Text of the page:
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December 19, 2014
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Rural America’s relevance

Nate Wilson

According to Vilsack, America’s farmers are doing just fine—record farm income, record farmland values—and for current corn and soybean farmers, he’s correct. However, the desperate plight of America’s livestock farmers is overlooked. Still blaming inflated livestock feed prices on last year’s drought, he disingenuously refuses to connect the problem to its original source—the administration’s slavish adherence to the Renewable Fuel Standard. This mandated ethanol policy creates a governmentcontrived class of winners (corn and soybean farmers) whose prosperity starkly contrasts with a class of policy-created losers, (livestock farmers), brought about by the Obama administration’s social engineering. This fiasco is developing into a crisis whose folly will make no more historical sense than Mao Tse-tung’s infamous Cultural Revolution of 1960s Communist China.

This secret will not keep, as significant numbers of America’s poultry men, dairy farmers and livestock producers complete their downward financial spiral into insolvency. With this senseless loss of crucial farms will come shortages and rapidly inflating consumer prices for eggs, meat and dairy products. The administration’s farm policy incompetence is soon destined to be painfully obvious at supermarket checkouts.

Vilsack comes by his incompetence honestly; he has no practical experience in farming or agri-business. A Pittsburgh native, trained in the law, transplanted to his wife’s hometown of Mt. Pleasant, IA, he was there vetted in politics. After two terms as Iowa governor, he was elevated to his current position by a president as blissfully ignorant of rural America as he is.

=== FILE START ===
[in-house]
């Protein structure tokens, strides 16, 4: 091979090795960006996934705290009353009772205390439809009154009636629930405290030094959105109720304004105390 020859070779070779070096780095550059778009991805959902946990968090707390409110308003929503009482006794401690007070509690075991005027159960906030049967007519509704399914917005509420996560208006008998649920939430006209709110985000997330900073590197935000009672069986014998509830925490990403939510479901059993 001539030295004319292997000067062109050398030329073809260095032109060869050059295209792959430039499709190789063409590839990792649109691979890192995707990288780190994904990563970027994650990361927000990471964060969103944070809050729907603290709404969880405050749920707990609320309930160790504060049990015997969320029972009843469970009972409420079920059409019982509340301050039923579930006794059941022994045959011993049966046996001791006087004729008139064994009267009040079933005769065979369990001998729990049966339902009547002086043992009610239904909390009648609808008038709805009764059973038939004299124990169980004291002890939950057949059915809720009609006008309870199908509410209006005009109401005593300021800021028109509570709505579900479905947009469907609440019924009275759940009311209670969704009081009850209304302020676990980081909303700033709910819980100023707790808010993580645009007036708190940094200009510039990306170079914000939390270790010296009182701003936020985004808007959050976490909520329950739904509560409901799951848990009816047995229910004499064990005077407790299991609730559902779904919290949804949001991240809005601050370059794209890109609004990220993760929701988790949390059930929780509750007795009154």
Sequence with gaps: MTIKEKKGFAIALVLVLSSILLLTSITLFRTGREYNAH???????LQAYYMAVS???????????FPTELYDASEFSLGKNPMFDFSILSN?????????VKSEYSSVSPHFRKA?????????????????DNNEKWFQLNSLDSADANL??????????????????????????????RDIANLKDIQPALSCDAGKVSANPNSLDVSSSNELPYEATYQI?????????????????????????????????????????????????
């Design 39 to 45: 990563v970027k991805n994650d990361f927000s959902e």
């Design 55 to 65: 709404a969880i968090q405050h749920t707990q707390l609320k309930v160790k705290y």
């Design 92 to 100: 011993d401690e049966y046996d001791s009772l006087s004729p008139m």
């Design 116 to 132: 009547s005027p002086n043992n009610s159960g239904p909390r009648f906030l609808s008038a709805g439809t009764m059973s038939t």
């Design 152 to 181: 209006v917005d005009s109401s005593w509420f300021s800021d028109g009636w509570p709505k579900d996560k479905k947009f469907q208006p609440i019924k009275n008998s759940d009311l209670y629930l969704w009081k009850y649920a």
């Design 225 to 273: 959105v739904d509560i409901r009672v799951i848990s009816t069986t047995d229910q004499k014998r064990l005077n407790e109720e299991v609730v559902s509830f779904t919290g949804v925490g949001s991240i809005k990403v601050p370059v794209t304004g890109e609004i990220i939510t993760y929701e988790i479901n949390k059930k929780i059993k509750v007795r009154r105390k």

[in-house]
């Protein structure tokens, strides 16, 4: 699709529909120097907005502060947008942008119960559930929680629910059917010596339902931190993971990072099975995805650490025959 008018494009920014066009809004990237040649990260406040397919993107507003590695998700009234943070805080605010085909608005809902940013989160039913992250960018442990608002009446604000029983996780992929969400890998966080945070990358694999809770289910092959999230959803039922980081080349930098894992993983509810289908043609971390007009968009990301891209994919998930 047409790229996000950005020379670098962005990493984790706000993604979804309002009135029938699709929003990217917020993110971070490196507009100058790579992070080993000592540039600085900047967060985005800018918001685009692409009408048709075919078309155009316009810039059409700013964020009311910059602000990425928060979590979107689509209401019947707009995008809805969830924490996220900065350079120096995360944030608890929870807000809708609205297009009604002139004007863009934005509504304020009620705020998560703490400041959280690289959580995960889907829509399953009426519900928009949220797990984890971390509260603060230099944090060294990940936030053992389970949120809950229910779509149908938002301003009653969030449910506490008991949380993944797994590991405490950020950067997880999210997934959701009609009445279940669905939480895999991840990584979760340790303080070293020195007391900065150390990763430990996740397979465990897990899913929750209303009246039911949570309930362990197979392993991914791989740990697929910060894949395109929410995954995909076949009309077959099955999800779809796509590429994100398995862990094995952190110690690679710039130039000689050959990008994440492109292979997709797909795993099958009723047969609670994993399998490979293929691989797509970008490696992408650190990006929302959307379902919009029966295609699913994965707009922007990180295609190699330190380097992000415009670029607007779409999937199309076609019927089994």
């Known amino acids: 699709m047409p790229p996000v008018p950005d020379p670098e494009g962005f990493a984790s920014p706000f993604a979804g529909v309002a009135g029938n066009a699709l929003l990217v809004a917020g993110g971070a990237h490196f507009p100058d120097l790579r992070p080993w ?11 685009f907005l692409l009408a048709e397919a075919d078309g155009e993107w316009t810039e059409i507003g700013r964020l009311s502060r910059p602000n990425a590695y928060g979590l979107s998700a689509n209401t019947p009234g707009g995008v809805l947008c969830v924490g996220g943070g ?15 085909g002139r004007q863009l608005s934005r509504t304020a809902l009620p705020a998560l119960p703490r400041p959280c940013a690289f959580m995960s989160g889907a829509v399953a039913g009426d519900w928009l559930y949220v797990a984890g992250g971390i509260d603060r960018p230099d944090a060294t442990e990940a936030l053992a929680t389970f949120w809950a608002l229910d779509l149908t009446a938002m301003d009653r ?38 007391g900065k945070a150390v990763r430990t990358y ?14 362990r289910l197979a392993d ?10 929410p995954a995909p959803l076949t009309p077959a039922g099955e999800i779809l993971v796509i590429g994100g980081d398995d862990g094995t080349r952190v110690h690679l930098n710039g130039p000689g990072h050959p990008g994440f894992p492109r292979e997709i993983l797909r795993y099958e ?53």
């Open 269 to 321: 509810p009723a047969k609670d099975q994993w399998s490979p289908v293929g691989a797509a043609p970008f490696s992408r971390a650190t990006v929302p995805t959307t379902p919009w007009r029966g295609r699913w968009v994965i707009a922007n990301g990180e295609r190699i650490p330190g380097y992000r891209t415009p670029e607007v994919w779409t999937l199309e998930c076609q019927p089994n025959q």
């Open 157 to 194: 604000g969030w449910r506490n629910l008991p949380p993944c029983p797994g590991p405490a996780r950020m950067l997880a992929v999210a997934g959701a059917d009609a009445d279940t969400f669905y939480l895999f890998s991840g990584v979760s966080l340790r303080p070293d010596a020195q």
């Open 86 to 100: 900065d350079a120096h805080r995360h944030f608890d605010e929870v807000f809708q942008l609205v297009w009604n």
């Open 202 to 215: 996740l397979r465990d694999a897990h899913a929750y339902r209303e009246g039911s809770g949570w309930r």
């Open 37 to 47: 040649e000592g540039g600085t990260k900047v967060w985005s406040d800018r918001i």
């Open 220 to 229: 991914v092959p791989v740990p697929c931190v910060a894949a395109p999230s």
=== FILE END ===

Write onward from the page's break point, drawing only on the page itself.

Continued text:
Vilsack’s insensitive remarks unmask contempt for rural Americans. His sense of moral superiority and lack of respect deprives him of the common touch, so crucial to the office he holds. This fatally handicaps his insight of the realities facing America’s iconic family farms. His tenure at the agriculture department portends failure.

Despite Mr. Vilsack’s peculiar opinions, rural America, albeit seriously challenged, is every bit as relevant today as ever. If Vilsack craves this “adult conversation,” he should engage rural America straightaway. There he will find people long accustomed to braying “jackasses” and a hornet’s nest of adult “folks” of a divergent point of view, just itching to have this chat. The point that awaits being driven home to Mr. Vilsack is that it is not rural America but he, our impertinent secretary of agriculture, who lacks relevance.